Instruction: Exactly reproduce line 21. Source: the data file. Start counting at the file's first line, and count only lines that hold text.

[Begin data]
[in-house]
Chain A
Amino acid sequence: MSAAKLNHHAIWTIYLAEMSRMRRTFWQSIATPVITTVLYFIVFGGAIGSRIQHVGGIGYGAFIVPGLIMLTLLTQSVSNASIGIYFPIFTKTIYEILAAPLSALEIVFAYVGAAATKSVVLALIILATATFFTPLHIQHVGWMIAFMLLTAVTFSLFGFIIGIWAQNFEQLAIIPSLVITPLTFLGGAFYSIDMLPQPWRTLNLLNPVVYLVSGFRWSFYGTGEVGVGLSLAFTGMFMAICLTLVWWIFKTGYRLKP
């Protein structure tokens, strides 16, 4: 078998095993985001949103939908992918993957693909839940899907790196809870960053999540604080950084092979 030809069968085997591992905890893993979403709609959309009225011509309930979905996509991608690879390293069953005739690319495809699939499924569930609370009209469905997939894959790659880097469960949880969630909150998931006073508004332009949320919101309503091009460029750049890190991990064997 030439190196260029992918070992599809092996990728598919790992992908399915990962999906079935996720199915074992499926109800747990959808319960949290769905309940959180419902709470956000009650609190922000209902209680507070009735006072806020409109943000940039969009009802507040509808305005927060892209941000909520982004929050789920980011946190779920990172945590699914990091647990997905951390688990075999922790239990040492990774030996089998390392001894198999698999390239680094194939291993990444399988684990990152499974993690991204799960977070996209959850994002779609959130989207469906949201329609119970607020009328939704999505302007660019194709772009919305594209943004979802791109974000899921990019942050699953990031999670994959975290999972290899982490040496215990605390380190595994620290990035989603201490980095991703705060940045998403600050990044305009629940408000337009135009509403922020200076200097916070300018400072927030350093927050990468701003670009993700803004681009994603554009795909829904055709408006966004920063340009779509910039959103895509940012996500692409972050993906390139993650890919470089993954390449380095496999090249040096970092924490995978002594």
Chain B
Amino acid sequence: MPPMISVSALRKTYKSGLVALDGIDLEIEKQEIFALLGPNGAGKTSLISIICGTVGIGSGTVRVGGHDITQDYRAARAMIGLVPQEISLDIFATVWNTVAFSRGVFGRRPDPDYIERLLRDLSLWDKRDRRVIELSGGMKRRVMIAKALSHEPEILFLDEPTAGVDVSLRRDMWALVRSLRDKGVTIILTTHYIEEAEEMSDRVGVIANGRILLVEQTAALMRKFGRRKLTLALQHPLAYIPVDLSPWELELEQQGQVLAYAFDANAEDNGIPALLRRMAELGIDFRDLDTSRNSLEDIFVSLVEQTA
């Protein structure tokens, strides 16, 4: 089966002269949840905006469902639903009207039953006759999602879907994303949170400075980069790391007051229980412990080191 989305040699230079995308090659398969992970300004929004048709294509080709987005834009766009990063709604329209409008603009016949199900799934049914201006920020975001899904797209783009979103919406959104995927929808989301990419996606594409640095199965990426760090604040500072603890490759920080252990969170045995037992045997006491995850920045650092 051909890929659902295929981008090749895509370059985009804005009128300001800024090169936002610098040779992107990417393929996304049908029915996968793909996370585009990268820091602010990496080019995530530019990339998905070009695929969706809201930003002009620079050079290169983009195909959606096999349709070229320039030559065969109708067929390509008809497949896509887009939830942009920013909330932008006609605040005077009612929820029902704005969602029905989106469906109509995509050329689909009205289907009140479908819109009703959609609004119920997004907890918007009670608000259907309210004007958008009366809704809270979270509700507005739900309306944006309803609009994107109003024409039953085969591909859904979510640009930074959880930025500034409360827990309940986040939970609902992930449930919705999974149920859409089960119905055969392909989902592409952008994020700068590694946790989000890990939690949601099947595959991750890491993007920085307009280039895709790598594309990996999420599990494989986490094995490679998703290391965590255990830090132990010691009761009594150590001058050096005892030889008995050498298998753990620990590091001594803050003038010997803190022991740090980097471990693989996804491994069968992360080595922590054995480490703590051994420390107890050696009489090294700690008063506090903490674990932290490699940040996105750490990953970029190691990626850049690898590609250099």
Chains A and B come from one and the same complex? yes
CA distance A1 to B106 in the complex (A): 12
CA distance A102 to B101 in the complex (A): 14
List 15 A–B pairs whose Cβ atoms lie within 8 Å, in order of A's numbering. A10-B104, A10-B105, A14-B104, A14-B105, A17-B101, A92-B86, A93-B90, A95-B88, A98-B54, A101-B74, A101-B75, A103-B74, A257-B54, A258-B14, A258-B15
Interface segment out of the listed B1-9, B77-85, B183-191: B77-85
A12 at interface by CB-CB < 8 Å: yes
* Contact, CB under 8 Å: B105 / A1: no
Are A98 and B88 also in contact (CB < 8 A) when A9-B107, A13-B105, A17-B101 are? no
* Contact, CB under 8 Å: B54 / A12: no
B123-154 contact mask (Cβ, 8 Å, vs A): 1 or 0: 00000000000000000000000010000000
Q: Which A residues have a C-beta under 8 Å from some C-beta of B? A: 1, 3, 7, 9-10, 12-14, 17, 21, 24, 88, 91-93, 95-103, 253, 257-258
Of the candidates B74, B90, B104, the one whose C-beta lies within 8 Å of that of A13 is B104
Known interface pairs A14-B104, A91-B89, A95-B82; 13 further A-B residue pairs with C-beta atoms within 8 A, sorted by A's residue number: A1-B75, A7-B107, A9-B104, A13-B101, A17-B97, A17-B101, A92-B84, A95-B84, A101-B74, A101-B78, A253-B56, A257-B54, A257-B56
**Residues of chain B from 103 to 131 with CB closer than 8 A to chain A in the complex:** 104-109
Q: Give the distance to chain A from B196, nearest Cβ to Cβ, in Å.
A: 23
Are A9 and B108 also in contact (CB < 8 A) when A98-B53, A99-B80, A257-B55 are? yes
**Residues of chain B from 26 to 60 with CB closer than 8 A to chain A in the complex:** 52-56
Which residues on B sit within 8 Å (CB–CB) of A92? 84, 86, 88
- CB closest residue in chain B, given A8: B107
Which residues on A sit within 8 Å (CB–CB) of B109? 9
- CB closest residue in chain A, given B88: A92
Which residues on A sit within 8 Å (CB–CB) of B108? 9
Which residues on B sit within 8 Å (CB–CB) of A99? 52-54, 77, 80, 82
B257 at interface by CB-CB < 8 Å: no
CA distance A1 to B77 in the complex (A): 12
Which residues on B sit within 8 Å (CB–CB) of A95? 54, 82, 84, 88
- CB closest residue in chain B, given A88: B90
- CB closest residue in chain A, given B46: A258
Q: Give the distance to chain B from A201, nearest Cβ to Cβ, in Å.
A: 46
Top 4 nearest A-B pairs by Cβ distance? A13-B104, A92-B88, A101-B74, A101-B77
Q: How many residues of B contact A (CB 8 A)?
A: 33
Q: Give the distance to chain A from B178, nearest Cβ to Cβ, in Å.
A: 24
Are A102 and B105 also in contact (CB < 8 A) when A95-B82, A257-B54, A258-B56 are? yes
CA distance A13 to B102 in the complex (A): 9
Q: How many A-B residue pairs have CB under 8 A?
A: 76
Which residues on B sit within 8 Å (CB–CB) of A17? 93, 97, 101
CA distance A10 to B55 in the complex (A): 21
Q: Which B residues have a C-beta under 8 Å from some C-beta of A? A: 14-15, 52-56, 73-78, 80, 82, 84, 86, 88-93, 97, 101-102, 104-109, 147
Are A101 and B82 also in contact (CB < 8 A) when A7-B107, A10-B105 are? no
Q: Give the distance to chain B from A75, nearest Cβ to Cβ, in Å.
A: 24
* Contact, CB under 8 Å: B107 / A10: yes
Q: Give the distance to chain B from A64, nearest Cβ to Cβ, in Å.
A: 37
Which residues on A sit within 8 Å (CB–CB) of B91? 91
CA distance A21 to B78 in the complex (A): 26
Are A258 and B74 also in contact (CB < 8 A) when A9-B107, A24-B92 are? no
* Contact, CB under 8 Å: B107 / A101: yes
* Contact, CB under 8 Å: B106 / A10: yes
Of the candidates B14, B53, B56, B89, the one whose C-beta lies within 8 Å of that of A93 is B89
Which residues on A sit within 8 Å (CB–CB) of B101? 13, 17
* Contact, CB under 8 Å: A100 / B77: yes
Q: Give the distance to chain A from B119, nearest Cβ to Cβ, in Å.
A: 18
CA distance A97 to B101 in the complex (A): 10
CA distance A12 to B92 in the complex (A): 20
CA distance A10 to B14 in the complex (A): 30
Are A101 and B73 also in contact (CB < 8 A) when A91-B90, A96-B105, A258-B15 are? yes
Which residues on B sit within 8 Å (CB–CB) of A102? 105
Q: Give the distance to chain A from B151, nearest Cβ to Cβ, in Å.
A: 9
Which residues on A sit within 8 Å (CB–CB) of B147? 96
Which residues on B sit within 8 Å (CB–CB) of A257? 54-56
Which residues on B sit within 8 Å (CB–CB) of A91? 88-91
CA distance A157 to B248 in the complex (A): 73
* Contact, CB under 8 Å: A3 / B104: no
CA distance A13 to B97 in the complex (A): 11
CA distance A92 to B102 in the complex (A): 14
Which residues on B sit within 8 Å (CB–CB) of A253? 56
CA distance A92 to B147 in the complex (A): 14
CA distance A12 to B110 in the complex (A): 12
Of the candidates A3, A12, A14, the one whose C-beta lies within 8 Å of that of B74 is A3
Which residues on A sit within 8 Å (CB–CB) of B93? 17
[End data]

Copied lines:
**Residues of chain B from 103 to 131 with CB closer than 8 A to chain A in the complex:** 104-109